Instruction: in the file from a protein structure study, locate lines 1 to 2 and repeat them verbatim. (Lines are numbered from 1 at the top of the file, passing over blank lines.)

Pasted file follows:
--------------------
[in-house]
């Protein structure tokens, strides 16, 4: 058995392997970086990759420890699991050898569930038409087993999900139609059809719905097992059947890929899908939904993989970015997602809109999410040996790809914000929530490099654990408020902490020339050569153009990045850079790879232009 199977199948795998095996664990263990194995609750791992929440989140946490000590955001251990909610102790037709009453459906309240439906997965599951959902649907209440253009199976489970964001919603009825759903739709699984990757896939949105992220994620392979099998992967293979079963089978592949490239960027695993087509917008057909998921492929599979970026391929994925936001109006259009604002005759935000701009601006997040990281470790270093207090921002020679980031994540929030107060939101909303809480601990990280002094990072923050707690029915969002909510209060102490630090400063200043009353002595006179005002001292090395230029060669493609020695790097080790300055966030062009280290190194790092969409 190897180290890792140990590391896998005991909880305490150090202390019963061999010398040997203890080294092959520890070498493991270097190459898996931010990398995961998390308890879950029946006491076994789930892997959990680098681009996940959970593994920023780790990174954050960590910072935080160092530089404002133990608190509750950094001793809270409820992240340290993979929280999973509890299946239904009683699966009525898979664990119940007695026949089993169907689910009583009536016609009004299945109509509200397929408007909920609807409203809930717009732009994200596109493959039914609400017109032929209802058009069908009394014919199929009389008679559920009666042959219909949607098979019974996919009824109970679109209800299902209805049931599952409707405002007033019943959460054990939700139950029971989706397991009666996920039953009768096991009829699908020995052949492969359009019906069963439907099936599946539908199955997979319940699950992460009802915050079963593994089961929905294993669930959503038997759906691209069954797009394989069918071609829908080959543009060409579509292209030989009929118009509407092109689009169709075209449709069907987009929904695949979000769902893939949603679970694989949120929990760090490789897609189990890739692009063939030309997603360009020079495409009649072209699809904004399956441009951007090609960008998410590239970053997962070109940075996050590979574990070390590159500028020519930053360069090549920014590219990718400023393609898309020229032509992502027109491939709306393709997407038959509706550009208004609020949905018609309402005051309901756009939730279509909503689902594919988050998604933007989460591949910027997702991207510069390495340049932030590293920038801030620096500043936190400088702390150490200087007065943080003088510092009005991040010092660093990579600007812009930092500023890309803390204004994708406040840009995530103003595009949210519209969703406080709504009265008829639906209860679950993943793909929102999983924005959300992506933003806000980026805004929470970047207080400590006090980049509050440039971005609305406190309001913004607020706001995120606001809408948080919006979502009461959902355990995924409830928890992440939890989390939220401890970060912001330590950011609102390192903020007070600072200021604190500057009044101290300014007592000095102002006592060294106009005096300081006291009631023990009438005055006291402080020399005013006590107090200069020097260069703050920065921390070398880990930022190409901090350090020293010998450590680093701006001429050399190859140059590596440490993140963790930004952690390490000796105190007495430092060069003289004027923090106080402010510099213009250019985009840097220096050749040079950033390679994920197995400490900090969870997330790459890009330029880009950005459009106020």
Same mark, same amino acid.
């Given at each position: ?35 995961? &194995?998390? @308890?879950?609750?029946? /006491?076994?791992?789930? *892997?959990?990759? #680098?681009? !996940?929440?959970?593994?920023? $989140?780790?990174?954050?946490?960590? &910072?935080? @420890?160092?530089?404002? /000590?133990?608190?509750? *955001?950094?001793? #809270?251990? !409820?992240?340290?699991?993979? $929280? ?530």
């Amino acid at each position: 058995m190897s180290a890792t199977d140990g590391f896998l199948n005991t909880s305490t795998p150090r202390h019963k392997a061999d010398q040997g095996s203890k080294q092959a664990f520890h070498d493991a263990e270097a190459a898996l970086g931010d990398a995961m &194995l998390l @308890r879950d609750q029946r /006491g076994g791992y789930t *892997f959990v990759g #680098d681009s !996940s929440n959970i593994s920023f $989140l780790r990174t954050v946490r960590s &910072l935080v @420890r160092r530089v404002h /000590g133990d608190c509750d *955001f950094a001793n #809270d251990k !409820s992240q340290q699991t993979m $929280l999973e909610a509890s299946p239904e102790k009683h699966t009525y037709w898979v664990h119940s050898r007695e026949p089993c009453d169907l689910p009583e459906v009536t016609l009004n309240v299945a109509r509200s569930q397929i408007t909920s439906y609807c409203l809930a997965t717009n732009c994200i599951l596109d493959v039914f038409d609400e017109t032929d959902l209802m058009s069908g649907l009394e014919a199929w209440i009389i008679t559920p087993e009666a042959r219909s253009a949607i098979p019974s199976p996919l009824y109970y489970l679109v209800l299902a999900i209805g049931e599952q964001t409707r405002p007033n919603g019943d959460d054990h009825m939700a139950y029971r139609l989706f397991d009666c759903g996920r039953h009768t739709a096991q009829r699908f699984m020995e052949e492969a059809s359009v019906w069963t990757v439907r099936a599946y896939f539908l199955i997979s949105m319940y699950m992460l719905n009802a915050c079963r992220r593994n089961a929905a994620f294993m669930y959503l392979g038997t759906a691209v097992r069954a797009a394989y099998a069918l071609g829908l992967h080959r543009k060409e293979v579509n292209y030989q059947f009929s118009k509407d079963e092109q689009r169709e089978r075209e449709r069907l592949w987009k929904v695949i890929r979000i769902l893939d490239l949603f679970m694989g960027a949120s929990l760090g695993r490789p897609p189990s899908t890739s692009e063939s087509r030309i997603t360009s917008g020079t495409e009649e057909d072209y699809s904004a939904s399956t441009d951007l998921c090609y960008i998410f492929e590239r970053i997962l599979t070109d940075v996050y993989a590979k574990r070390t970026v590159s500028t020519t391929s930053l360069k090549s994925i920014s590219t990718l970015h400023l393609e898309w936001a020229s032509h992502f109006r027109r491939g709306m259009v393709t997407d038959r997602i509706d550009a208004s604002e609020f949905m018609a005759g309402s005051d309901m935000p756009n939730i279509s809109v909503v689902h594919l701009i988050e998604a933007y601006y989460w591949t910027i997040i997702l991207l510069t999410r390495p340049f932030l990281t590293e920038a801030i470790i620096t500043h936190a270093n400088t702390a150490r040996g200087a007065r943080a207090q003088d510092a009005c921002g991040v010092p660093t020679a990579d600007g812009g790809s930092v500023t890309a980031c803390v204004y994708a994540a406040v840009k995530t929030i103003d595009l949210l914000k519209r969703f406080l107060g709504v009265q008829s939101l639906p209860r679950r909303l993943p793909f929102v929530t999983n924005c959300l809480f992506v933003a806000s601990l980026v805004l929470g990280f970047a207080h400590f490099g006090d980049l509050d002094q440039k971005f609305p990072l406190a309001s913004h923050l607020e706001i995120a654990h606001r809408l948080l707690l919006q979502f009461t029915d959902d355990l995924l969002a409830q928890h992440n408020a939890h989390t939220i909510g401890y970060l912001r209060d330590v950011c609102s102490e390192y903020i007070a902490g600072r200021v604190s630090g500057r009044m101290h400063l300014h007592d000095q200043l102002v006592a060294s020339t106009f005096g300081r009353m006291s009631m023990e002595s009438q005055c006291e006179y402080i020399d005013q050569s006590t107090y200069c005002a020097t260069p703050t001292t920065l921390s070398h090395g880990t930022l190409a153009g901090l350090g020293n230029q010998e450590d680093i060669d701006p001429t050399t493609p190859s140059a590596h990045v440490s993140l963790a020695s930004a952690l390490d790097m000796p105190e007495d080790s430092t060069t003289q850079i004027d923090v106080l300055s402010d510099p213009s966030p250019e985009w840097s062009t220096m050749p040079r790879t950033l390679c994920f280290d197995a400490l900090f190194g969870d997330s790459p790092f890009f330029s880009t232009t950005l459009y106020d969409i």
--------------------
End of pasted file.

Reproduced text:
[in-house]
């Protein structure tokens, strides 16, 4: 058995392997970086990759420890699991050898569930038409087993999900139609059809719905097992059947890929899908939904993989970015997602809109999410040996790809914000929530490099654990408020902490020339050569153009990045850079790879232009 199977199948795998095996664990263990194995609750791992929440989140946490000590955001251990909610102790037709009453459906309240439906997965599951959902649907209440253009199976489970964001919603009825759903739709699984990757896939949105992220994620392979099998992967293979079963089978592949490239960027695993087509917008057909998921492929599979970026391929994925936001109006259009604002005759935000701009601006997040990281470790270093207090921002020679980031994540929030107060939101909303809480601990990280002094990072923050707690029915969002909510209060102490630090400063200043009353002595006179005002001292090395230029060669493609020695790097080790300055966030062009280290190194790092969409 190897180290890792140990590391896998005991909880305490150090202390019963061999010398040997203890080294092959520890070498493991270097190459898996931010990398995961998390308890879950029946006491076994789930892997959990680098681009996940959970593994920023780790990174954050960590910072935080160092530089404002133990608190509750950094001793809270409820992240340290993979929280999973509890299946239904009683699966009525898979664990119940007695026949089993169907689910009583009536016609009004299945109509509200397929408007909920609807409203809930717009732009994200596109493959039914609400017109032929209802058009069908009394014919199929009389008679559920009666042959219909949607098979019974996919009824109970679109209800299902209805049931599952409707405002007033019943959460054990939700139950029971989706397991009666996920039953009768096991009829699908020995052949492969359009019906069963439907099936599946539908199955997979319940699950992460009802915050079963593994089961929905294993669930959503038997759906691209069954797009394989069918071609829908080959543009060409579509292209030989009929118009509407092109689009169709075209449709069907987009929904695949979000769902893939949603679970694989949120929990760090490789897609189990890739692009063939030309997603360009020079495409009649072209699809904004399956441009951007090609960008998410590239970053997962070109940075996050590979574990070390590159500028020519930053360069090549920014590219990718400023393609898309020229032509992502027109491939709306393709997407038959509706550009208004609020949905018609309402005051309901756009939730279509909503689902594919988050998604933007989460591949910027997702991207510069390495340049932030590293920038801030620096500043936190400088702390150490200087007065943080003088510092009005991040010092660093990579600007812009930092500023890309803390204004994708406040840009995530103003595009949210519209969703406080709504009265008829639906209860679950993943793909929102999983924005959300992506933003806000980026805004929470970047207080400590006090980049509050440039971005609305406190309001913004607020706001995120606001809408948080919006979502009461959902355990995924409830928890992440939890989390939220401890970060912001330590950011609102390192903020007070600072200021604190500057009044101290300014007592000095102002006592060294106009005096300081006291009631023990009438005055006291402080020399005013006590107090200069020097260069703050920065921390070398880990930022190409901090350090020293010998450590680093701006001429050399190859140059590596440490993140963790930004952690390490000796105190007495430092060069003289004027923090106080402010510099213009250019985009840097220096050749040079950033390679994920197995400490900090969870997330790459890009330029880009950005459009106020």